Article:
A Life of Her Own
A Life of Her Own is a 1950 American melodrama film directed by George Cukor and starring Lana Turner and Ray Milland. The screenplay by Isobel Lennart focuses on an aspiring model who leaves her small town in the Midwest to seek fame and fortune in New York City. The film was produced by Voldemar Vetluguin and distributed by Metro-Goldwyn-Mayer.
|A Life of Her Own|
|Directed by||George Cukor|
|Produced by||Voldemar Vetluguin|
|Written by||Isobel Lennart|
|Based on||Abiding Vision|
1935 Harsh Voice: Four Short Novels
by Rebecca West
|Music by||Bronisław Kaper|
|Cinematography||George J. Folsey|
|Edited by||George White|
Lily Brannel James (Lana Turner) leaves her small home town in Kansas for New York City, and she is hired by the Thomas Caraway Model Agency. She befriends former top model Mary Ashlon (Ann Dvorak), who becomes her mentor. Mary is depressed about her foundering career and, following a night of excessive drinking, she commits suicide.
Lily eventually becomes a very successful model. As a favor to her attorney friend Jim Leversoe (Louis Calhern), she spends some time with Steve Harleigh (Ray Milland), a Montana copper-mine owner in New York on business. The two fall in love, but both realize nothing can come of it. After Steve goes home, he has Jim buy Lily a bracelet, but she refuses to accept it.
Lily finds that success does not fill the void in her life. When Steve returns to New York to secure a loan, he runs into her. He tells her he is married. His wife Nora was left a paraplegic in an automobile accident for which he was responsible. Despite this, their feelings for each other are too strong, and they embark on an affair.
Matters come to a head when Nora visits him to celebrate his birthday. On the night of Steve's birthday, Lily hosts a party too, even though Steve stays with Nora, who is making some progress in relearning to walk with crutches. Steve slips out to Lily's party and is taken aback by her self-destructive behavior.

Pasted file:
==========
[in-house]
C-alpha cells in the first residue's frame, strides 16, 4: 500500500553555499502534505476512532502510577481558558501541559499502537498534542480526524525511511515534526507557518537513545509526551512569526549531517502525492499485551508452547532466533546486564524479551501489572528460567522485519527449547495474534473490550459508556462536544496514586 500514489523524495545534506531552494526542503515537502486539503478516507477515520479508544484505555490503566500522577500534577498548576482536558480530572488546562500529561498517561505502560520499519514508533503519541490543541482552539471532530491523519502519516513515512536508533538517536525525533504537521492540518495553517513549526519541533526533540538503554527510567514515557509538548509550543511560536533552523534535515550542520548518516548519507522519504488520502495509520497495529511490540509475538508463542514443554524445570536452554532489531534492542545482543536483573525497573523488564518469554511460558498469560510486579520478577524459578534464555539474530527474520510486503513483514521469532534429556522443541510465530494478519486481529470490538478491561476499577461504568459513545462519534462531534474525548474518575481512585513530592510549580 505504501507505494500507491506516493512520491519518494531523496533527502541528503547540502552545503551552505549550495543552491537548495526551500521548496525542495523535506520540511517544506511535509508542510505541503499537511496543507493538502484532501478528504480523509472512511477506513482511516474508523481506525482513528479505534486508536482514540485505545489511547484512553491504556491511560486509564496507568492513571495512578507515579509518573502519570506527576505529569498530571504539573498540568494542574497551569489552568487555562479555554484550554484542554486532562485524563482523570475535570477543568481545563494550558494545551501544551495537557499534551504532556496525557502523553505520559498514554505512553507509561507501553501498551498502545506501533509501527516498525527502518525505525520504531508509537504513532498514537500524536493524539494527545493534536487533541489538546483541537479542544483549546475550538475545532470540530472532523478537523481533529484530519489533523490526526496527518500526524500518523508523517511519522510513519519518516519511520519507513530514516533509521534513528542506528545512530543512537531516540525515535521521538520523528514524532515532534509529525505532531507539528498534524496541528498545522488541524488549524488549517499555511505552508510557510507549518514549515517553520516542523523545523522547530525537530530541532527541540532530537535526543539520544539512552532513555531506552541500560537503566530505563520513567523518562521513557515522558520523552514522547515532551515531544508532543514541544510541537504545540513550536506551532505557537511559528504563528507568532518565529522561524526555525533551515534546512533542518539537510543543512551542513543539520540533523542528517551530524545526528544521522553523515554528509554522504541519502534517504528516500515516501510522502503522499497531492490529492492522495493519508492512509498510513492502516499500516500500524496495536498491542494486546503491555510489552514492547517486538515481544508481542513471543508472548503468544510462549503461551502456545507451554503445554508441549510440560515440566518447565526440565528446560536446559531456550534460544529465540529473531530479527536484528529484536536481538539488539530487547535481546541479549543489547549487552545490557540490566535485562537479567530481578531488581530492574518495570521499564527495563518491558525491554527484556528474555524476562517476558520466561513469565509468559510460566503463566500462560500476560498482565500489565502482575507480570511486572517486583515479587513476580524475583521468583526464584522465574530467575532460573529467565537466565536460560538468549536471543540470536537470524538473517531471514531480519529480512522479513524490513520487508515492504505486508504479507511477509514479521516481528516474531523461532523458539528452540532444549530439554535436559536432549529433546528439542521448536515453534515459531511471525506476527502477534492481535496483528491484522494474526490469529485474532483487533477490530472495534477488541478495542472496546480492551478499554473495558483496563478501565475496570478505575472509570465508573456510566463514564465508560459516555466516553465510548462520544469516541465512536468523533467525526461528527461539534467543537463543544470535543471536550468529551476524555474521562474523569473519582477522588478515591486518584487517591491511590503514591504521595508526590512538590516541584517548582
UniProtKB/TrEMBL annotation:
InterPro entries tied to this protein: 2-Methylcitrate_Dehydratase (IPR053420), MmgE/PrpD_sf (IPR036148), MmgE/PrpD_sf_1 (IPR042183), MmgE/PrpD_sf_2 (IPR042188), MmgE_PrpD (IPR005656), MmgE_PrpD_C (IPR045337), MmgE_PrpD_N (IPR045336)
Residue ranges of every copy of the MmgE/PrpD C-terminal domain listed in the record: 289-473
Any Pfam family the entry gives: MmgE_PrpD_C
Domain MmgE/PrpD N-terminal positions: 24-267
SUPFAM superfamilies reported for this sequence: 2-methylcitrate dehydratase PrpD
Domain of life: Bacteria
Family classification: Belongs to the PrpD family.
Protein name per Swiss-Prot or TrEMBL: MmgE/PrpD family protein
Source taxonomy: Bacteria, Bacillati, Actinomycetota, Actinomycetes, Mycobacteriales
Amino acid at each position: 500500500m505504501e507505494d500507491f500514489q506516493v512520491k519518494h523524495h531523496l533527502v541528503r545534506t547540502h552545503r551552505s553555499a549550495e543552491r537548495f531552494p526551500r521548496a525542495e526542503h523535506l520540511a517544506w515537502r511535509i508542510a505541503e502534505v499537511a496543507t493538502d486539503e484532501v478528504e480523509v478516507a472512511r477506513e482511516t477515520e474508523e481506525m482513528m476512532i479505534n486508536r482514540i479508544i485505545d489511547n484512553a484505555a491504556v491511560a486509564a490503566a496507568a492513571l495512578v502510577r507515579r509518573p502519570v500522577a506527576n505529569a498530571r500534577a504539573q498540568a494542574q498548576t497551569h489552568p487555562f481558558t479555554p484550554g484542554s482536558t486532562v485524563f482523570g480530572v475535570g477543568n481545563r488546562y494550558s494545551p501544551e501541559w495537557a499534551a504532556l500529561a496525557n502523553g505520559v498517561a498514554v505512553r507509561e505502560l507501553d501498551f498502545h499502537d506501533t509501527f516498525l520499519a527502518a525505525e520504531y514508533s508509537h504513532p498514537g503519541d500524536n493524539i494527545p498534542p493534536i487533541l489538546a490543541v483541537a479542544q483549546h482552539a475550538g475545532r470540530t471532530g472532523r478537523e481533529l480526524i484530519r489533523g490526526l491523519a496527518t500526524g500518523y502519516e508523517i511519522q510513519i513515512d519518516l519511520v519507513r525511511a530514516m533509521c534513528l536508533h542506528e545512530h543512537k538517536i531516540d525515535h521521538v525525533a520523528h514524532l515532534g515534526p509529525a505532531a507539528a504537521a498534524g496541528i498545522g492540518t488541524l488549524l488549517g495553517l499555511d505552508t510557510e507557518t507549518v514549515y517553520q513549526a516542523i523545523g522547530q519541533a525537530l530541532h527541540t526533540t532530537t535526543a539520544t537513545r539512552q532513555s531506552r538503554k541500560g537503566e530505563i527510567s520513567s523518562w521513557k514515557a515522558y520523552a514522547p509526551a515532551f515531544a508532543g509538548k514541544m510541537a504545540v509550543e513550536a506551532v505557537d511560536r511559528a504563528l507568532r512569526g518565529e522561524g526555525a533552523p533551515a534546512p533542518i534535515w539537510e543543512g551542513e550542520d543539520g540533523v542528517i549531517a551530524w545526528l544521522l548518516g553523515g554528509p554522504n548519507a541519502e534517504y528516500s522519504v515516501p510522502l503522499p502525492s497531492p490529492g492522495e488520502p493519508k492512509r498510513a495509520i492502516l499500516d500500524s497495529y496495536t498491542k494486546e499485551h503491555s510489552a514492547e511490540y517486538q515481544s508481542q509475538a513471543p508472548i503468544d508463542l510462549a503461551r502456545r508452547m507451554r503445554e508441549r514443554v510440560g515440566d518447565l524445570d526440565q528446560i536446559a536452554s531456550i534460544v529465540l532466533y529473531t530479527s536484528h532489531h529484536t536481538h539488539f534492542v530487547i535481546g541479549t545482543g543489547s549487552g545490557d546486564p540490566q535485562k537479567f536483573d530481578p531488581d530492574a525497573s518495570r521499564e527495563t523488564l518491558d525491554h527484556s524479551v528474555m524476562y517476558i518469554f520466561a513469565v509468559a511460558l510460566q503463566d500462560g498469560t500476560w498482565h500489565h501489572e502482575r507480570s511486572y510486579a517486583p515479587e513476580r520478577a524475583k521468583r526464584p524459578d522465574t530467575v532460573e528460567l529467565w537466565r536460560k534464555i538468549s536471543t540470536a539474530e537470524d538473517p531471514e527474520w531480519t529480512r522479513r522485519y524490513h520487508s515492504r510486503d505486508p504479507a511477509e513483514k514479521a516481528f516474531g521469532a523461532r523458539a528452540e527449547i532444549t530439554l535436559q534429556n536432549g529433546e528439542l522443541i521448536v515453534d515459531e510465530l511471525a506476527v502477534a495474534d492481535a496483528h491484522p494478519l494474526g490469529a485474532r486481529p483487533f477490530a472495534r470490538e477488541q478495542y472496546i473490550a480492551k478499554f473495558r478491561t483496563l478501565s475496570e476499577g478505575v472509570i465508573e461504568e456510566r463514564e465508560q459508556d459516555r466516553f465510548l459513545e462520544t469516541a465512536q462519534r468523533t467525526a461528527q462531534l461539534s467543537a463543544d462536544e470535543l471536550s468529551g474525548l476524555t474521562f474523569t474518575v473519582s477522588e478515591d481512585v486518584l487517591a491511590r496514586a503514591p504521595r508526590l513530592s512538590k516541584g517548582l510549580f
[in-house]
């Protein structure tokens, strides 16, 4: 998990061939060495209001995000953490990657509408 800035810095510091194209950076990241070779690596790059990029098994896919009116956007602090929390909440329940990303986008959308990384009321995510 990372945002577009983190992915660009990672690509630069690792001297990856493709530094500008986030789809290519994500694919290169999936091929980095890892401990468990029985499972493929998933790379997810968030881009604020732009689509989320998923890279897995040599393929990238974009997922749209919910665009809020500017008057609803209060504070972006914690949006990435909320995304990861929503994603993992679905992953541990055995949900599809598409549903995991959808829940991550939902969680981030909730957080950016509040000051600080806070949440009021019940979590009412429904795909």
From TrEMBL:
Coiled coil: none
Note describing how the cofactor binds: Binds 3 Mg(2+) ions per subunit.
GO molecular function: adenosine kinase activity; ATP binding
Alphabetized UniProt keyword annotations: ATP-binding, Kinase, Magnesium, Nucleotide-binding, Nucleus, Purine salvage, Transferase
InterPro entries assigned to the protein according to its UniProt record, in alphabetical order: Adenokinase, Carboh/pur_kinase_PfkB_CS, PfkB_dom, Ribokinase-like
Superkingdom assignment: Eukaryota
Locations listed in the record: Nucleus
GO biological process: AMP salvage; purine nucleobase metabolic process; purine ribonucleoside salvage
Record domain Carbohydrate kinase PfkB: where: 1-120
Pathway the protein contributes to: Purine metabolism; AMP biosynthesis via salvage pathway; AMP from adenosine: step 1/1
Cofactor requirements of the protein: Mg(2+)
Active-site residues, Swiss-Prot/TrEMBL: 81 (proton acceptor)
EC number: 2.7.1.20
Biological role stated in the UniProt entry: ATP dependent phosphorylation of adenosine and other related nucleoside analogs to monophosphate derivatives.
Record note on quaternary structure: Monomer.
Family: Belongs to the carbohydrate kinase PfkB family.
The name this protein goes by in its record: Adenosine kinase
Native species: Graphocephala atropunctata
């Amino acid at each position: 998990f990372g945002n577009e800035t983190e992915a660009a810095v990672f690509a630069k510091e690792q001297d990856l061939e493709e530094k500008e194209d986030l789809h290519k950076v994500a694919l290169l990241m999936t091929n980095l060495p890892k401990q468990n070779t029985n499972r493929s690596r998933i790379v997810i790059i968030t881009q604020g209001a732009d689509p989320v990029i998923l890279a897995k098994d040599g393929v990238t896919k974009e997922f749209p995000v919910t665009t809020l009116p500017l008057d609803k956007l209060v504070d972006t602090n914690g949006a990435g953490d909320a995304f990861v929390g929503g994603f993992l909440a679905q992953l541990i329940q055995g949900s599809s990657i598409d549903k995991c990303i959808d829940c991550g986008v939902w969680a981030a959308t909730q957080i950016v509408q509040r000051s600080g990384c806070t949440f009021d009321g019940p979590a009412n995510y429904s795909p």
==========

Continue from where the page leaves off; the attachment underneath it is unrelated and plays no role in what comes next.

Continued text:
Lily decides to confront Nora and asks family friend Jim to accompany her. However, when she sees how nice Nora is and how dependent she is on her husband, Lily cannot bring herself to tell her about her involvement with Steve. On the way out, she bumps into Steve at the elevator and tells him it is over.
Some time later, Lily runs into advertising executive Lee Gorrance (Barry Sullivan), who had been dating Mary just prior to her death. When Lily resists his romantic advances, he predicts she will end up lonely and depressed like Mary. Upset by his comments, Lily considers ending her own life, but finally resolves to remain strong, even if she is lonely.
Joseph Breen rejected the original script as unacceptable and termed it "shocking and highly offensive" for its portrayal of "adultery and commercialized prostitution." A revised version was found to have "insufficient compensating moral values." In order to bring the story into agreement with the Production Code, screenwriter Isobel Lennart was required to "show that the adulterous situation is wrong and that sinners must be punished for their sin."
Vincente Minnelli originally was assigned to direct the film, but numerous script revisions and problems with casting delayed the start of production by several months, and Minnelli began work on Father of the Bride instead. Lana Turner initially refused to star in the film, but MGM executives Louis B. Mayer and Dore Schary demanded she honor her contract with the studio. Howard Keel, Cary Grant, George Murphy, and James Mason were among those considered for the role of Steve Harleigh, which eventually went to Wendell Corey, who worked on the production through mid-February 1950 but then allegedly asked to be released from the film because he felt he wasn't right for the role. Other sources claimed he was dismissed at the request of Turner and director George Cukor following an argument between the two stars (supposedly Corey, after an inadvertent wardrobe delay by Turner, made a remark that Barbara Stanwyck, whose husband Robert Taylor was reportedly having an affair with Turner, wouldn't have kept everyone waiting; Turner then demanded a casting change). He was replaced by Ray Milland.
Variety observed, "The soap opera plotting has been polished to considerable extent, the playing by the femme cast members is topnotch and the direction aids them, but it is still a true confession type of yarn concerned with a big city romance between a married man and a beautiful model. Script is spotted with feeling and character, and also a lot of conversation that doesn't mean much. A decided asset is Lana Turner's performance."